Ticking time bomb caused by 'always-on' work ethic

Staff get paid to do their job, and they do that as efficiently as they can. Security is something often seen as a hindrance to efficiency; so it is frequently ignored. A new survey by Huddle shows the extent to which security is often bypassed for simplicity in the name of personal efficiency.

Ipsos MORI interviewed 2000 US office workers in the first week of April. The results, published in Huddle’s inaugural State of the Enterprise Information Landscape report depict what the company describes as a security time bomb as office workers compromise company data. The problem is a combination of insecure but easy-to-use new personal technology, combined with slow and difficult – albeit more secure – legacy corporate technology.

With legacy sharing technology complicated, many workers (65%) revert to using email to share and work on documents with people outside of the company (although 31% are frustrated by their inability to send large documents as attachments). Email is efficient for the individual, but inefficient and insecure for the company. It creates a potential for multiple drafts of a single document, and loss of control of the content. At the same time, staff are being overwhelmed by the sheer volume of data in the modern company and have difficulty in finding the information they need and knowing whether what they find is the latest version.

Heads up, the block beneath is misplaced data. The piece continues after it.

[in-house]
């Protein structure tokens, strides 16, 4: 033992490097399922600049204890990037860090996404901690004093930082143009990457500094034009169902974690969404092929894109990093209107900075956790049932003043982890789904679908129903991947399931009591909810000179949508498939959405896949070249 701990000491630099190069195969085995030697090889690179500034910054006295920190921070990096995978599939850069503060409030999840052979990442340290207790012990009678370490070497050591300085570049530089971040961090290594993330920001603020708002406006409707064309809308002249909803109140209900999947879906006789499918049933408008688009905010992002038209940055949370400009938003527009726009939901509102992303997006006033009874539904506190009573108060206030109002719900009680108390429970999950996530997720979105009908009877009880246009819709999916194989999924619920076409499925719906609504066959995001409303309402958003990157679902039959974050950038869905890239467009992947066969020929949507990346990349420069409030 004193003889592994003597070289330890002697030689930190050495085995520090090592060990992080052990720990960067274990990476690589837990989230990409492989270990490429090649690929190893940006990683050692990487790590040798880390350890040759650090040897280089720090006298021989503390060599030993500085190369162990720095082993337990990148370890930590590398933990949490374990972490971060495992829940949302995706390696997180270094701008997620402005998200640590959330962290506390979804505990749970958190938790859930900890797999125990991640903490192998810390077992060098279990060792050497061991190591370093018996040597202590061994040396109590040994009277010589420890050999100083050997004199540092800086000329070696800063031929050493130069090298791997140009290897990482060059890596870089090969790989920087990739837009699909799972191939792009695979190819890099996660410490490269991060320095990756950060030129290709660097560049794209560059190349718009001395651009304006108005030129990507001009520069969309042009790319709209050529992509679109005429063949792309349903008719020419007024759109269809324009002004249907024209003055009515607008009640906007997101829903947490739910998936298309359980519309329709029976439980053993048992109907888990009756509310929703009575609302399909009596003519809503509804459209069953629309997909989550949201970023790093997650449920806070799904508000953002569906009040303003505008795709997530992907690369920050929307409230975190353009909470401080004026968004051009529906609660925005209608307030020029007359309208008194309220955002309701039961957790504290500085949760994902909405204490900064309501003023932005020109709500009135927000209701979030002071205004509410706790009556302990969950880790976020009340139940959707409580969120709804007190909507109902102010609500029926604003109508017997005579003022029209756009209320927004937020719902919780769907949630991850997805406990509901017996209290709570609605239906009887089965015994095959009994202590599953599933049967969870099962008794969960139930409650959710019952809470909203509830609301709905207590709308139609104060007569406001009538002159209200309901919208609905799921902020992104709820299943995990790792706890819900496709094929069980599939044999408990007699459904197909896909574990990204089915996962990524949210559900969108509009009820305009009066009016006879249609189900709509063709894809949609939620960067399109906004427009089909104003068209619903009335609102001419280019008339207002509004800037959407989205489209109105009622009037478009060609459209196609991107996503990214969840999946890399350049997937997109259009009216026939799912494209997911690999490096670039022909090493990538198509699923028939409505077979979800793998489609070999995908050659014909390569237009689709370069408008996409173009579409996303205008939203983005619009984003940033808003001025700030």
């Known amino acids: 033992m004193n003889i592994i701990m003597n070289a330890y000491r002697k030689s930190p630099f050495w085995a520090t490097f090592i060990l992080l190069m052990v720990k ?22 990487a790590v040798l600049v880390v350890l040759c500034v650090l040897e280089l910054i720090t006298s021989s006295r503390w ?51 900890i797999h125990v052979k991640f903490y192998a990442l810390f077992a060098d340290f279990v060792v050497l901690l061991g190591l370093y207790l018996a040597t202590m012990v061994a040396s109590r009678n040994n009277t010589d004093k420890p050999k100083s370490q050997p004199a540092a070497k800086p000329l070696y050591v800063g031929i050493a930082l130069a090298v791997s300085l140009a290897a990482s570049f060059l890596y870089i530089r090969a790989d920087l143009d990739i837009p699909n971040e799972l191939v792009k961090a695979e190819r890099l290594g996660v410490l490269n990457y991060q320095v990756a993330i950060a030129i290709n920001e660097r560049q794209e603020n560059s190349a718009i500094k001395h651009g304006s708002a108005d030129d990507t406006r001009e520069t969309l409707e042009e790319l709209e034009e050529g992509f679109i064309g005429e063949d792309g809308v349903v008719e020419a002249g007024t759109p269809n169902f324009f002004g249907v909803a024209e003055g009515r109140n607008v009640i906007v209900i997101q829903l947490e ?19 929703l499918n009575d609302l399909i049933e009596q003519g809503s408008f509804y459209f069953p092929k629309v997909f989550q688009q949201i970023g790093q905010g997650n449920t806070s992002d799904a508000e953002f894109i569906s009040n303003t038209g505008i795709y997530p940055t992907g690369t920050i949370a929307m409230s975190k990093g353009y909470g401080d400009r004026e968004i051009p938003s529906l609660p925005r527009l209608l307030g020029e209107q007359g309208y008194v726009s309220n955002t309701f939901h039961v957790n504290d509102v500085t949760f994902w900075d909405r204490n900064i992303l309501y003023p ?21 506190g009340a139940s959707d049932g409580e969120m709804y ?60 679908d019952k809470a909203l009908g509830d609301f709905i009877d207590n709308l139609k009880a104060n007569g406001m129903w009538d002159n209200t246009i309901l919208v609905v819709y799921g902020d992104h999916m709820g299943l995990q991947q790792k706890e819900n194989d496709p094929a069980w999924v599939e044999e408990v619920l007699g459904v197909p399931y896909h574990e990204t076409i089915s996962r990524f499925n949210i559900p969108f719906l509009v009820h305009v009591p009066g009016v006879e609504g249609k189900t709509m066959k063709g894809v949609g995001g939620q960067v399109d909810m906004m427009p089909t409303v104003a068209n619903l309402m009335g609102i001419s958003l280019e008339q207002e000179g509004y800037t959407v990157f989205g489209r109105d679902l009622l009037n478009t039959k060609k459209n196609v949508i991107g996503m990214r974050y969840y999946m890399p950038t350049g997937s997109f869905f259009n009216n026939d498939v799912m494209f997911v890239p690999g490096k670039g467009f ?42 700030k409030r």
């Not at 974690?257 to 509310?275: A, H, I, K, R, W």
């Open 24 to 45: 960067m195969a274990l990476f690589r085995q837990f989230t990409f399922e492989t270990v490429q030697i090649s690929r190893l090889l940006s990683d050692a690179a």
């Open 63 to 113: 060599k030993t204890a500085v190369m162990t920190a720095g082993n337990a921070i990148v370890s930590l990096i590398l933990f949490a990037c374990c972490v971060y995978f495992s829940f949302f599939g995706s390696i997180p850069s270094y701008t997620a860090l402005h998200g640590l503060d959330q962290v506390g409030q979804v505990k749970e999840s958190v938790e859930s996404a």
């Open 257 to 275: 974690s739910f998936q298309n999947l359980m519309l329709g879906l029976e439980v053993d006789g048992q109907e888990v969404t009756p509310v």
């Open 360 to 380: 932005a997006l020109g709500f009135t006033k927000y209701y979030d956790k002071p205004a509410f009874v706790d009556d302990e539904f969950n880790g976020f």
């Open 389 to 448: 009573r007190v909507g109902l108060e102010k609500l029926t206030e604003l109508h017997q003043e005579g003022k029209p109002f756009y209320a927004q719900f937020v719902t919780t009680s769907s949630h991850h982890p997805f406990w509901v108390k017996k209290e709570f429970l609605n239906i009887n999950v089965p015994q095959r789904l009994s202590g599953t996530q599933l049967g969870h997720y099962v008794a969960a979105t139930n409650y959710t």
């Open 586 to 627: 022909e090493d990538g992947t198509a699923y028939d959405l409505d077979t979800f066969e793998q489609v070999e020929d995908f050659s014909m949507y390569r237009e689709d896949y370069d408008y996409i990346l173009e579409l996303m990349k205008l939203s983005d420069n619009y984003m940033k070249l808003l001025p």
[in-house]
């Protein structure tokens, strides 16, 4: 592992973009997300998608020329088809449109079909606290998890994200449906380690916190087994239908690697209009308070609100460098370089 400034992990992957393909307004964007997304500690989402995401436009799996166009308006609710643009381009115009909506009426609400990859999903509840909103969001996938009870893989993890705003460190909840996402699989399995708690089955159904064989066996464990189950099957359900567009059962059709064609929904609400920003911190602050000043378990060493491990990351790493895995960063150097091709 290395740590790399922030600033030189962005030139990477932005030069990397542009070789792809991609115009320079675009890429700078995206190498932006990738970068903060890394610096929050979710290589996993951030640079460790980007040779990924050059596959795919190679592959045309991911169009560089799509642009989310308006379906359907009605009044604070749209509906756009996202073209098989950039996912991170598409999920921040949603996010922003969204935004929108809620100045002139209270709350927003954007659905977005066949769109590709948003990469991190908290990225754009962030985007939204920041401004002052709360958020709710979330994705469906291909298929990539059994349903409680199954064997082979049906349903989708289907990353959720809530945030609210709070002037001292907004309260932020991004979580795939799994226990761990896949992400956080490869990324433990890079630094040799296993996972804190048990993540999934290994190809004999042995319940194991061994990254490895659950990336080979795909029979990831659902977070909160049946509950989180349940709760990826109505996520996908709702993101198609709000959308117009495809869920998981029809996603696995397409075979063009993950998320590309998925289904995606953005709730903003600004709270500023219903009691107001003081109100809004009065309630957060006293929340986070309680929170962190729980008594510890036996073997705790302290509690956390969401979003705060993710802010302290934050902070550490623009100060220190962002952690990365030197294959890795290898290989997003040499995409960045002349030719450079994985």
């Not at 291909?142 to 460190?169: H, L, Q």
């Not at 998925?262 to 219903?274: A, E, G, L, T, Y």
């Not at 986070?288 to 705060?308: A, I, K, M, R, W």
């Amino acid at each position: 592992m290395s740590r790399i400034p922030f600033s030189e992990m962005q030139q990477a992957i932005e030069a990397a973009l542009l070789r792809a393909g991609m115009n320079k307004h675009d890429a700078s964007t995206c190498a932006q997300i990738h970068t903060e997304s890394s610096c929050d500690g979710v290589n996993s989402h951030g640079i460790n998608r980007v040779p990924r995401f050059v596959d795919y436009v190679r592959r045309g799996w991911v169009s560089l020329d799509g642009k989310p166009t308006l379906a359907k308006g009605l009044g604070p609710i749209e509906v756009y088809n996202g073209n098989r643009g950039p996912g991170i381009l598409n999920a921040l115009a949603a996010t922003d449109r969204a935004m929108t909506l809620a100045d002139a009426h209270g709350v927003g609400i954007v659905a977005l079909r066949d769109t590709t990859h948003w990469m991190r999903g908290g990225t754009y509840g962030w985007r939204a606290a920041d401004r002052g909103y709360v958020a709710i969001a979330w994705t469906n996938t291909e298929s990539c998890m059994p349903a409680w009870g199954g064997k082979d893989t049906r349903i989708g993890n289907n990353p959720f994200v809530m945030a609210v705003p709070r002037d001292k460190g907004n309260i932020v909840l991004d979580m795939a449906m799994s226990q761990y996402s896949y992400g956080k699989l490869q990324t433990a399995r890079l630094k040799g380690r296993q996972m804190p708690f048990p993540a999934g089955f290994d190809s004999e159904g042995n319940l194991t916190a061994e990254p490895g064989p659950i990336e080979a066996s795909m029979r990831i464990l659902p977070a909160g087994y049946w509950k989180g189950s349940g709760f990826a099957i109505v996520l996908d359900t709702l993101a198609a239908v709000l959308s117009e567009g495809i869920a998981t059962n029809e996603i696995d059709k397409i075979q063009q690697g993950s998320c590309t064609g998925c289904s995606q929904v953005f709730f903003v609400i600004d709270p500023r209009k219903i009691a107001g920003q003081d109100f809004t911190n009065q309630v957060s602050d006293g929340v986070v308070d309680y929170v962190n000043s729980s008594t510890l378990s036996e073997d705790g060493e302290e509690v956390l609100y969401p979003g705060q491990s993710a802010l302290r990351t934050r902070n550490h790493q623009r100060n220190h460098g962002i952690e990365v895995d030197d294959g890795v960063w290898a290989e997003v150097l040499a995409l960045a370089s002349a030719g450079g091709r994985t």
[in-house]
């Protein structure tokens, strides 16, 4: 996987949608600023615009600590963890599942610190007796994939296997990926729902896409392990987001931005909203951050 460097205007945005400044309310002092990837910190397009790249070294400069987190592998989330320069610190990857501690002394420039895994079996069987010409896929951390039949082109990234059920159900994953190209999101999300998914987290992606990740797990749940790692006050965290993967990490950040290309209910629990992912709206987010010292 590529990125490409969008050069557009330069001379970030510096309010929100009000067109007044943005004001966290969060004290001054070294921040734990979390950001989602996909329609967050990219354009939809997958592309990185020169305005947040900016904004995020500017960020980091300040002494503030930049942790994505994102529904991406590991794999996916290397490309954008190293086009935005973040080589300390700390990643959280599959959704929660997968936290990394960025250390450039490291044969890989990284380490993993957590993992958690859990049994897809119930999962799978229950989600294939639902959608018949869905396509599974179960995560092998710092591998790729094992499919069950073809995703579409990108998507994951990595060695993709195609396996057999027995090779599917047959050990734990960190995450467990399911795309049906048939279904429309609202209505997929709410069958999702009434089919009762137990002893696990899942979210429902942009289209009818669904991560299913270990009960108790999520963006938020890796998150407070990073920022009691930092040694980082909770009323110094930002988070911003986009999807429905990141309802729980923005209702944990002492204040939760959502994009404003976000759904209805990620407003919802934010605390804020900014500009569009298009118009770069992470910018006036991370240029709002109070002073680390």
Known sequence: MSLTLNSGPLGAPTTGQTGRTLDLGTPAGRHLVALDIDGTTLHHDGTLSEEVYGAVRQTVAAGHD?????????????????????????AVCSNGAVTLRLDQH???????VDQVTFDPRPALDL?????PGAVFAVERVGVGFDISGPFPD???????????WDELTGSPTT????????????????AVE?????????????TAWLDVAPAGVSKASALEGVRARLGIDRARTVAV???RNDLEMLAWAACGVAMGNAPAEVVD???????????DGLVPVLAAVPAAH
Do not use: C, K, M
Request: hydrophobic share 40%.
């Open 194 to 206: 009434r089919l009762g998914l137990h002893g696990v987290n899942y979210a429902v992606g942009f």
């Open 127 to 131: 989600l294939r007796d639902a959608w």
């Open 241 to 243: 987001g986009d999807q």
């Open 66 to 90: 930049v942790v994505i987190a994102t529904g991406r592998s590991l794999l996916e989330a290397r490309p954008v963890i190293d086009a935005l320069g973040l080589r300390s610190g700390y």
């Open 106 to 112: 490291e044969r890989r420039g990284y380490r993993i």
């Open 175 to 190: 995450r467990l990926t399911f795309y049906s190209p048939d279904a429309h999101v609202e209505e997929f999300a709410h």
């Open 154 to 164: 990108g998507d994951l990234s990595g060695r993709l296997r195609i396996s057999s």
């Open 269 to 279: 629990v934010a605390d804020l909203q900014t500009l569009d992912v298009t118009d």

To solve these problems, many workers are turning to alternative methods to store and distribute the data they need via personal devices. Sixty-four percent of office workers use external hard drives while 46% use USB drives and 16% use CDs and DVDs to store company documents. Personal file-sharing and synchronization services are also increasingly being adopted to both store and distribute files. Sixteen percent of workers use Dropbox, 15% use Google Drive, and 12% use Apple’s iCloud – and 91% use their personal devices to store, share, access or work on company documentation.

The result is that companies are losing control over their data at a time when intellectual property theft is dramatically increasing. Legacy technologies were designed to keep data locked inside the organization; but business and workers are moving to an any time, anywhere method of work. Frustrated by the difficulty in finding what they need, when they need it, “employees are looking for easy ways to access what they need,” warns Alastair Mitchell, Huddle’s CEO. “This has resulted in a free-for-all use of personal cloud services, external hard drives, smartphones and USBs, turning the enterprise content store into a giant, unruly jigsaw puzzle.”

The result, says Huddle, is a security timebomb. "Companies need to wake up and realize they're facing a massive security issue and risk having their intellectual property walk out of the door with people," warns Mitchell.

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